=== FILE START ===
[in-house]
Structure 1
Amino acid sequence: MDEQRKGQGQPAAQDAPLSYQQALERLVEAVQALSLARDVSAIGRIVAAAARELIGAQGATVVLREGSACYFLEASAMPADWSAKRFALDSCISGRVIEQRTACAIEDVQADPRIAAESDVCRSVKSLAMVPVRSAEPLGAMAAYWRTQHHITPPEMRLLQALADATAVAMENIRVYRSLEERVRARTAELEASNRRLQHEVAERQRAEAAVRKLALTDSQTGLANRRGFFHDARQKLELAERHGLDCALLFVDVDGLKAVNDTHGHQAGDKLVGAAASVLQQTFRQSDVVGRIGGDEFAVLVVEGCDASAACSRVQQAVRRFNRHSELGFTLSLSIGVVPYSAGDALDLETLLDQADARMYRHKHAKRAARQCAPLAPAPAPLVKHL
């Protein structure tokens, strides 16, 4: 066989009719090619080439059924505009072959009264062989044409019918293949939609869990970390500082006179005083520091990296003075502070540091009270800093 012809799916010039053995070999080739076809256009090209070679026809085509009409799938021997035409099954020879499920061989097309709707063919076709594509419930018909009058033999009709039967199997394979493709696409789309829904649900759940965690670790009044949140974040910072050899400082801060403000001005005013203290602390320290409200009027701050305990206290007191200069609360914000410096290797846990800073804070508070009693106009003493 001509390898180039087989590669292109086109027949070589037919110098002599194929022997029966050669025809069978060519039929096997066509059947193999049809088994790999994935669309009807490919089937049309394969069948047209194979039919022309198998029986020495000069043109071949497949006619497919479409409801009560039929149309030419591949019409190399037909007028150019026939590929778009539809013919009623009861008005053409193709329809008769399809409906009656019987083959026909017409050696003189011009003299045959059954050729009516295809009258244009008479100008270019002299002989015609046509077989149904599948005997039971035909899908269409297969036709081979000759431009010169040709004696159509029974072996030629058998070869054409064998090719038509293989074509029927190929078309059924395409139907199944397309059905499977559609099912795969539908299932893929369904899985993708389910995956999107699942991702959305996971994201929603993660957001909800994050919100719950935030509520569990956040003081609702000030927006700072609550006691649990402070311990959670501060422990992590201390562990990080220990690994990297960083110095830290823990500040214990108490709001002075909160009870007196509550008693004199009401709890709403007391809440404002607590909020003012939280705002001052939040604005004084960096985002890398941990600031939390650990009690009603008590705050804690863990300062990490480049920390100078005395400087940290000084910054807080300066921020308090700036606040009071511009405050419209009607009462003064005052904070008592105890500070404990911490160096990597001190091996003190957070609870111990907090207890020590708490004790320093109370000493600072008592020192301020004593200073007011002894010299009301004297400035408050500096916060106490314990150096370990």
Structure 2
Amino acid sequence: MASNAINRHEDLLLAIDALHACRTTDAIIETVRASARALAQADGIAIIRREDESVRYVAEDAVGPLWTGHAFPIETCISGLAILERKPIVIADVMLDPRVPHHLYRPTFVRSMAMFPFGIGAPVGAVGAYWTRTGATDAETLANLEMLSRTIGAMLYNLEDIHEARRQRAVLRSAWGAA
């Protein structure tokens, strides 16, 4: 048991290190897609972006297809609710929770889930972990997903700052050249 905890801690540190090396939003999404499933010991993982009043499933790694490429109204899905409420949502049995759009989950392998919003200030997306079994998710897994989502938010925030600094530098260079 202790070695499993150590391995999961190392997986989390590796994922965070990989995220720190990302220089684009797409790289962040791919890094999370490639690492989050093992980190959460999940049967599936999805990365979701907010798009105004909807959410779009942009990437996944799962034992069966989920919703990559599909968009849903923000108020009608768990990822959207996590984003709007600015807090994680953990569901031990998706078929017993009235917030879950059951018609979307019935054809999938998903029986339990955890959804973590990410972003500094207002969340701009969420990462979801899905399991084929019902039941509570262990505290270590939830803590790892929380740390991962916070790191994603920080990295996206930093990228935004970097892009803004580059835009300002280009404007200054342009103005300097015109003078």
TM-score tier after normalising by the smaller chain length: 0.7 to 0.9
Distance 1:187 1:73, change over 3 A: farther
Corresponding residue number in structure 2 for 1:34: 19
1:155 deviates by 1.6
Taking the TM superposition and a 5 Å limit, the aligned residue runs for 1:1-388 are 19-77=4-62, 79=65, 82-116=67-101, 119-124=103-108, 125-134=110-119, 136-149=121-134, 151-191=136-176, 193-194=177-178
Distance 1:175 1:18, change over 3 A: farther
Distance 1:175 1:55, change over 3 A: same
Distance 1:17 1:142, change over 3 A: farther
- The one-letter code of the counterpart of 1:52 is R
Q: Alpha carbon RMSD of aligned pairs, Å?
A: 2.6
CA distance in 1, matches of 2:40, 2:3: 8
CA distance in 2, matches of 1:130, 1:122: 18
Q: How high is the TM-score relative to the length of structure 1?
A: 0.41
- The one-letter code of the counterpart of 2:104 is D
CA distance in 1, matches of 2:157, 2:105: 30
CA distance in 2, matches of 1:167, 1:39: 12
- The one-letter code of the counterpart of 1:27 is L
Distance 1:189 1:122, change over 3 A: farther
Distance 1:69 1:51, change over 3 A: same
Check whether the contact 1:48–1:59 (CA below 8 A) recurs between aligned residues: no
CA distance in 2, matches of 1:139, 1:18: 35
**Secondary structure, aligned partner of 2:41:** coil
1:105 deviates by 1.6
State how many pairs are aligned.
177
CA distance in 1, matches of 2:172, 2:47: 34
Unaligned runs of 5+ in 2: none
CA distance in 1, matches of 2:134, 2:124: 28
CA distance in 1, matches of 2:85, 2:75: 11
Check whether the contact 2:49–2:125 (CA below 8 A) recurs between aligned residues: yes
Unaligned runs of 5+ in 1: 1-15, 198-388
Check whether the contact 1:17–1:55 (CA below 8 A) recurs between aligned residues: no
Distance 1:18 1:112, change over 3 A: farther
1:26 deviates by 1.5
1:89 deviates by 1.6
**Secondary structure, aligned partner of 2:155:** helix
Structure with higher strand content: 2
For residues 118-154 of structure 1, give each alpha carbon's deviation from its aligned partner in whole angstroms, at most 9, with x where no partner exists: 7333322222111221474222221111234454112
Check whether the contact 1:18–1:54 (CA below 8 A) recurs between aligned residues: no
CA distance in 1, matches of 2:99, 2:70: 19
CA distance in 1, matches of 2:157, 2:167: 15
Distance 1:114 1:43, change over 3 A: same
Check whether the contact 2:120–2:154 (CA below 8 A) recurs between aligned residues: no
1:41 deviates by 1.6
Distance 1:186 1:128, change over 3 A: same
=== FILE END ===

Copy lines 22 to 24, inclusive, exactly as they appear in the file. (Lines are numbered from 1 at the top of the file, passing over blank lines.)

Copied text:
A: 0.41
- The one-letter code of the counterpart of 2:104 is D
CA distance in 1, matches of 2:157, 2:105: 30